The Victorian Supreme Court has recently considered the operation of s 128 of the Evidence Act 2008 (Vic) (the Act) and whether it was in the interests of justice to require an alleged perpetrator of sexual abuse to give evidence in civil proceedings. His Honour rejected the defendant’s application to call the key witness because it was likely that the allegations would become the subject of a related criminal investigation or prosecution. This decision highlights the Court’s preparedness to find that it is not in the interests of justice to compel an alleged perpetrator to give evidence in civil proceedings. Importantly, it is a timely reminder of the factors relevant to the application of s 128 of the Act and the obligation to address this evidentiary issue in the early stages of civil litigation.
His Honour, Justice Keogh considered whether:
- it was in the interest of justice under s 128 of the Act to require the alleged perpetrator to give evidence in the historical abuse civil proceeding, in circumstances where a criminal investigation and/or prosecution was foreshadowed and likely;
- the forensic purposes of the alleged perpetrator’s evidence in the trial and the likely implications on the alleged perpetrator’s ability to respond to foreshadowed criminal matters; and
- the interests of preserving the s 128 self-incrimination privilege outweighed the interests of the plaintiff and defendant in the civil proceeding.
In civil proceedings commenced in the Victorian Supreme Court (civil proceeding), the plaintiff brought historical sexual abuse allegations (allegations) against the defendant, naming the alleged perpetrator of the alleged abuse (claim). The defendant denied the allegations and intended to call the alleged perpetrator as its witness.
Prior to the civil proceeding trial (trial) commencing, the plaintiff had not made a complaint to police regarding the abuse, however on day 3 of the trial, he indicated an intention to do so. The defendant subsequently applied for a discharge of the jury without verdict, on the basis that it was necessary for the alleged perpetrator to obtain independent legal advice about the operation of s 128 of the Act and the potential consequences of his evidence at trial. His Honour granted the application and upon receiving legal advice, the alleged perpetrator objected to giving evidence on self-incrimination grounds, pursuant to s 128 (1) of the Act.
S 128 of the Act applies where a witness objects to giving evidence on the grounds that it may be self-incriminating. The Court must then determine if there are reasonable grounds for the objection. If the Court is satisfied there are reasonable grounds, it cannot require the witness to give evidence unless it is satisfied that the evidence is not self-incriminating, and it is in the interests of justice that the witness give evidence.
The decision at trial
His Honour found that it would not be in the interests of justice to compel the alleged perpetrator to give evidence at the trial, because the plaintiff’s allegations would likely be mirrored in a subsequent criminal investigation and/or prosecution.1 In reaching this decision, His Honour distinguished the case circumstances from Lucciano v The Queen2 and amongst other things, considered:
- the possibility that if the alleged perpetrator was not required to give evidence, the defendant would be unable to fairly defend the claim due to the lack of substantial evidence, other than the account of the plaintiff;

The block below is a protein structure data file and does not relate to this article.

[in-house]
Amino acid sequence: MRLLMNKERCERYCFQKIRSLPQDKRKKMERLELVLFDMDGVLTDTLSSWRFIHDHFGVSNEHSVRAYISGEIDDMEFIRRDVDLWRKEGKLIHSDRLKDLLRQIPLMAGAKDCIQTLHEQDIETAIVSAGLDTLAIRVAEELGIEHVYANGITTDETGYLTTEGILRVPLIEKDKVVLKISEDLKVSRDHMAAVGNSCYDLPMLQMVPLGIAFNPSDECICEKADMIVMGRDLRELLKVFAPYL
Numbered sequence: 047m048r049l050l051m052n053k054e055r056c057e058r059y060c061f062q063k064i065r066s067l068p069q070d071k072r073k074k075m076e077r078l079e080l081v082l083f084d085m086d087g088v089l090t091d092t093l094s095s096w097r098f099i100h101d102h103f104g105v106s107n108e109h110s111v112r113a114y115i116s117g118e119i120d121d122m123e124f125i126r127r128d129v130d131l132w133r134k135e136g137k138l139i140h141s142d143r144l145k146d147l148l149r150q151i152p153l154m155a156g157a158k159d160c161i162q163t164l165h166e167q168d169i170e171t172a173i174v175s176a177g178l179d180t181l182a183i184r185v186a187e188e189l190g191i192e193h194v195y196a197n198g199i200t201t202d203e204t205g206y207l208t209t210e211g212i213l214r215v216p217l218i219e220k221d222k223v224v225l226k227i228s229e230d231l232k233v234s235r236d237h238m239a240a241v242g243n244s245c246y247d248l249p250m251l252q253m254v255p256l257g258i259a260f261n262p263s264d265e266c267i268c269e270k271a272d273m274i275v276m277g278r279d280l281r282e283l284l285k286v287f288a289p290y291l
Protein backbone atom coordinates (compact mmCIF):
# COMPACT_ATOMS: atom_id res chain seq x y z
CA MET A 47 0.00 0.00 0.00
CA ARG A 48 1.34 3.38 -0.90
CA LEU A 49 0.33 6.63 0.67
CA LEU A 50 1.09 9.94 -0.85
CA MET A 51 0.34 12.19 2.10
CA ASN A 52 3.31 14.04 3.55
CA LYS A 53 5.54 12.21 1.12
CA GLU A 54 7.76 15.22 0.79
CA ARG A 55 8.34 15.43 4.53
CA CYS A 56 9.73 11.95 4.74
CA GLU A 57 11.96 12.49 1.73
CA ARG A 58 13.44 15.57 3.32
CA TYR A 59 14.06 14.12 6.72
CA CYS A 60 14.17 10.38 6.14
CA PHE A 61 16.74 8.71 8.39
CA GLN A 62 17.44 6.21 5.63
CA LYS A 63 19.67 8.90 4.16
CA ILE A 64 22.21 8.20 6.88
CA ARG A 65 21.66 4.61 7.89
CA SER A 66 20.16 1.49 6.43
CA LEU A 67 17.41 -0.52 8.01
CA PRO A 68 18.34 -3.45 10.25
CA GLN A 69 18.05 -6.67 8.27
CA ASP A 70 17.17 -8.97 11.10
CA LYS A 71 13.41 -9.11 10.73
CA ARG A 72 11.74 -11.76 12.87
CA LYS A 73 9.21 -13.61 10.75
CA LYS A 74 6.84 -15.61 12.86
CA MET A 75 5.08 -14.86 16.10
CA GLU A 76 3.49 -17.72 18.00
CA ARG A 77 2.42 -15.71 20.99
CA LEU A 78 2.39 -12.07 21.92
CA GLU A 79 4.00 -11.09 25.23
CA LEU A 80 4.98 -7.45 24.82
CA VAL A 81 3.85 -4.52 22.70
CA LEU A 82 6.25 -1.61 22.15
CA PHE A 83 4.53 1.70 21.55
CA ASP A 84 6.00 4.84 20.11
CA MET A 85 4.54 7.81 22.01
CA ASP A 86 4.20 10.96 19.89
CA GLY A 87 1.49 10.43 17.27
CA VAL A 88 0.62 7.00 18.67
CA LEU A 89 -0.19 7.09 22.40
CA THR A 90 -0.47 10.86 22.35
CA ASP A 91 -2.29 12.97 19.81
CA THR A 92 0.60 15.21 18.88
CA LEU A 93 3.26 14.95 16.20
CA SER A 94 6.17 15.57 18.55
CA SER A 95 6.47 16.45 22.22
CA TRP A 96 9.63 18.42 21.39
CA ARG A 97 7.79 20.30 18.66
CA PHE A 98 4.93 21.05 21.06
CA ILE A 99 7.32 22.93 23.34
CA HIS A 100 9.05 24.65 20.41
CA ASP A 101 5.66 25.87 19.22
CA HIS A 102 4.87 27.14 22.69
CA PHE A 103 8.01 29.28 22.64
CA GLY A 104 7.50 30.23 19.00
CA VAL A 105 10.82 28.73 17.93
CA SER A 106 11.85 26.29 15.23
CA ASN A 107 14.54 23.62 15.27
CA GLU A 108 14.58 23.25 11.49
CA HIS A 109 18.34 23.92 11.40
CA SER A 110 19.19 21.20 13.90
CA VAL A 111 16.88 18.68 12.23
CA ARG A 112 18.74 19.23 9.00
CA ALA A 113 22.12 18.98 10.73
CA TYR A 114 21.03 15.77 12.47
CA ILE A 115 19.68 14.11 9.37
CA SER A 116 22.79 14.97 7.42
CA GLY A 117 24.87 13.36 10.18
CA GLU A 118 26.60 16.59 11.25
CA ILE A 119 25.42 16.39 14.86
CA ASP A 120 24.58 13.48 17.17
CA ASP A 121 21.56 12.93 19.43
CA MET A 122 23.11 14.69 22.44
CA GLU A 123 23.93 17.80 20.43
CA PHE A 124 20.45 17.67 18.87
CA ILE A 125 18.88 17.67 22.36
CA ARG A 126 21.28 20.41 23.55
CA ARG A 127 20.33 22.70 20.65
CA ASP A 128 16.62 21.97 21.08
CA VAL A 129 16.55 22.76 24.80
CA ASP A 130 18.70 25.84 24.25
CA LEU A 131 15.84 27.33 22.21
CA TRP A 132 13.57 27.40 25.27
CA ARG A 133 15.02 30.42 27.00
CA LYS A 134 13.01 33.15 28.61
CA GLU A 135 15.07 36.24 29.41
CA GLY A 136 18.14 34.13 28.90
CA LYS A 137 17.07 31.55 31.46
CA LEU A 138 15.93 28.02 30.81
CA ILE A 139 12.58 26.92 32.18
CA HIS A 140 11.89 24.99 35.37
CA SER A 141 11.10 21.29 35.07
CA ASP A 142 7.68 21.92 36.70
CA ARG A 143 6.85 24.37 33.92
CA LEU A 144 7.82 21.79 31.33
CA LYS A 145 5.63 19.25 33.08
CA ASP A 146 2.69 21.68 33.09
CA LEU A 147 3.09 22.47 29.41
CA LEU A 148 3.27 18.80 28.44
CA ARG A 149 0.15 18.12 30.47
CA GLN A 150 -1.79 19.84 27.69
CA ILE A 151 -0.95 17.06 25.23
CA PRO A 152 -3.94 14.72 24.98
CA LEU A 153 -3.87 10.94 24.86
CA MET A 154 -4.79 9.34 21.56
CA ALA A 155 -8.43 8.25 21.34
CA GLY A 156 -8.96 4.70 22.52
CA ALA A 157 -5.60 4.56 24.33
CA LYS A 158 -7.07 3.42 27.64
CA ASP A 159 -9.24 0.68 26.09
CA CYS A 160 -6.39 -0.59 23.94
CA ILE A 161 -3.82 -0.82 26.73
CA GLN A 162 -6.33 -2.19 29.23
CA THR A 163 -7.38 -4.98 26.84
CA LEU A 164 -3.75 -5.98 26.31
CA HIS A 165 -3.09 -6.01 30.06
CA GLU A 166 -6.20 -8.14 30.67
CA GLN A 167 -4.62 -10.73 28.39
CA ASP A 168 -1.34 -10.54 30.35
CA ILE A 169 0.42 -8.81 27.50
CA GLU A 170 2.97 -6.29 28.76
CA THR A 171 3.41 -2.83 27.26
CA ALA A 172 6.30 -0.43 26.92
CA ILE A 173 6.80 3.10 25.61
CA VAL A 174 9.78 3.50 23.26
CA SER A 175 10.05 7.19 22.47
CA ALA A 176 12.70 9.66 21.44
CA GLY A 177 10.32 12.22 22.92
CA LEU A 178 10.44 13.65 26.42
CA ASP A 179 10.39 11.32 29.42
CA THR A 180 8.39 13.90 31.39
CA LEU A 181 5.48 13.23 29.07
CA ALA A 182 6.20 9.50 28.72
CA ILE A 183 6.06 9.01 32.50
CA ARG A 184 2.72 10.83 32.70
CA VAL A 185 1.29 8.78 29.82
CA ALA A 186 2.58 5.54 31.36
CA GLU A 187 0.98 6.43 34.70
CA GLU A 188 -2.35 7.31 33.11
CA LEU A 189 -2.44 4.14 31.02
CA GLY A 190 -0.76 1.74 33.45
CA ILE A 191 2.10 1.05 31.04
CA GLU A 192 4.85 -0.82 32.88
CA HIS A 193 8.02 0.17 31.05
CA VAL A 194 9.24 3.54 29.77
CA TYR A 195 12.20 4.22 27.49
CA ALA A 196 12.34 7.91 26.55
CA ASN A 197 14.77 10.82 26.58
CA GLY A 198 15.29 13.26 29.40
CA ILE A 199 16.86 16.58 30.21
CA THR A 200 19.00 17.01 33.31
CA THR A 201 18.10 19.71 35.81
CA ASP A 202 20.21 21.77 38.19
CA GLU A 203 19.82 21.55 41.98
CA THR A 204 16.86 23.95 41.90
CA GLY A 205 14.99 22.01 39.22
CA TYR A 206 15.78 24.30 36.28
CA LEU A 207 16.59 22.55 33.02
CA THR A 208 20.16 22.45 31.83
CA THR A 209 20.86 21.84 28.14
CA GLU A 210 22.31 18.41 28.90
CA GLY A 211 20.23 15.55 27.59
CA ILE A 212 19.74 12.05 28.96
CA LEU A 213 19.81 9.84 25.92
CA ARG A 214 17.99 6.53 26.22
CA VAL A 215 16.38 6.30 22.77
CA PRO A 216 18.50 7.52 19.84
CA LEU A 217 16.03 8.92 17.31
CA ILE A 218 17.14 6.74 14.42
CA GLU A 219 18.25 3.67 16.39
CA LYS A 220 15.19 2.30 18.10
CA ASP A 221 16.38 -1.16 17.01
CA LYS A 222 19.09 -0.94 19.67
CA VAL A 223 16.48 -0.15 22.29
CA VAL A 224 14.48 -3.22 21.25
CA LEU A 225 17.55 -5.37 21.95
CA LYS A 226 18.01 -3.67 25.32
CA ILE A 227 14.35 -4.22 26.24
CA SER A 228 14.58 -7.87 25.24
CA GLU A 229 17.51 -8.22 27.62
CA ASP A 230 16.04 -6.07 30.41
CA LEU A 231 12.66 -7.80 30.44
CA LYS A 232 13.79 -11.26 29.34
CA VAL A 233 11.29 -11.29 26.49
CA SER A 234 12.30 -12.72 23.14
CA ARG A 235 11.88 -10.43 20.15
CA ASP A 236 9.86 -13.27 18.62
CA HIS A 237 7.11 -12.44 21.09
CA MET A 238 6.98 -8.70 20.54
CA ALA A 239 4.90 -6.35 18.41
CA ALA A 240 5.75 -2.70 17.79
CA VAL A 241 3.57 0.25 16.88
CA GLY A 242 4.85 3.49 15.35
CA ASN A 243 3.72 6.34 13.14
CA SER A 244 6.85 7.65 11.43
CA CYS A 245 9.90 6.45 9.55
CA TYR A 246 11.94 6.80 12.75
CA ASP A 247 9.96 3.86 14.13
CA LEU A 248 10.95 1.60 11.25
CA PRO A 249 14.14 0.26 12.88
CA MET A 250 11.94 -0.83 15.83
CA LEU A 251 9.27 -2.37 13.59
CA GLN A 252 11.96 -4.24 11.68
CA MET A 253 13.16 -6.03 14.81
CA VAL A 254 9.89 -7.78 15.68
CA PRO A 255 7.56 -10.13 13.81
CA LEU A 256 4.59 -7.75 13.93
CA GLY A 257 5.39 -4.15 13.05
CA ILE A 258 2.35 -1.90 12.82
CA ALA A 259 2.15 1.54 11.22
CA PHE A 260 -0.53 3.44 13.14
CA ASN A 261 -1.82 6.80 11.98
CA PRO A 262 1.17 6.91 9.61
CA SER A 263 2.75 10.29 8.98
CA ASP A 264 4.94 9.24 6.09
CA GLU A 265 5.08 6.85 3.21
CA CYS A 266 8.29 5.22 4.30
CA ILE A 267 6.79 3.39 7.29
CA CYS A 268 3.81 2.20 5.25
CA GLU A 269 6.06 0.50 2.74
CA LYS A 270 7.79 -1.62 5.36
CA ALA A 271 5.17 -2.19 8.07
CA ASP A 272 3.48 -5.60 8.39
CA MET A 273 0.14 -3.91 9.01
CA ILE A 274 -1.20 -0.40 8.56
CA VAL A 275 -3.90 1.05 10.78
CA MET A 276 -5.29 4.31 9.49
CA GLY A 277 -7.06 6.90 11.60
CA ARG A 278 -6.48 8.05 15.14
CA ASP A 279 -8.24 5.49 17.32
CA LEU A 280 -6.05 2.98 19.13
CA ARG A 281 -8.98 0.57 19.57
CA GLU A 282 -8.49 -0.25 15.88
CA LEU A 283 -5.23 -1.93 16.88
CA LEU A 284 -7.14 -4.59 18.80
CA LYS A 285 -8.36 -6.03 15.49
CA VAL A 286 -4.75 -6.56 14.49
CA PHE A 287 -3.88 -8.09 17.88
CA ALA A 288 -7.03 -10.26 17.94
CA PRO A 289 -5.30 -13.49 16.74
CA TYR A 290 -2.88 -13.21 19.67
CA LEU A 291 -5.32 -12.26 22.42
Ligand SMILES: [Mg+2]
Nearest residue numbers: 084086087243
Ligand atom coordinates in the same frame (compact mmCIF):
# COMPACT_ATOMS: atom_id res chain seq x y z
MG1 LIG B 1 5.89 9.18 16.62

- there was a real prospect of the alleged perpetrator being charged with very serious offences and of being exposed to a significant imprisonment term if found guilty;
- the alleged perpetrator was not a party to the civil proceeding, had not been required to answer the plaintiff’s allegations and there was no public record of the response he would give;
- evidence given by the alleged perpetrator would determine or restrict forensic choices open to him in any criminal prosecution brought against him;
- alleged perpetrator credibility or reliability issues which may arise in the trial transcript and be unfairly used in a criminal investigation; and
- the likelihood of the defendant applying for an indefinite stay application of the civil proceeding (based on the lack of a defence without the alleged perpetrator’s testimony), the merits of such an application proceeding and the prejudice to the plaintiff in being unable to pursue his claim.
Ultimately, His Honour acknowledged that any required stay of the civil proceeding would be limited to the conclusion of the related criminal investigation or prosecution, and therefore the decision did not permanently deprive the plaintiff of fairly pursuing his cause of action. Whilst His Honour’s decision was confined to the consideration of relevant facts, circumstances and available evidence, it is clear that “steps should be taken in other cases with similar circumstances to identify and resolve such issues well prior to trial”.
Implications for you
This decision emphasises the responsibilities of parties to civil litigation to carefully consider the potential difficulties associated with relying on the witness evidence of an alleged perpetrator in an attempt to prove or defend civil allegations of a criminal nature. Noting the broad application of section 128 of the Act, it is incumbent on parties to navigate evidentiary issues which may present at trial as early and proactively as possible. With a view to avoiding costs issues associated with trial vacation and the late commencement of stay applications, reasonable steps may involve ascertaining the status of police reports, related criminal investigations, possible alleged perpetrator prejudice and consequential stay applications claims sooner, rather than later.
1X7 v Australian Crime Commission (2013) 248 (CLR)92.
2Lucciano v The Queen  VSCA 12 (McLeish, Niall and T Forrest JJA)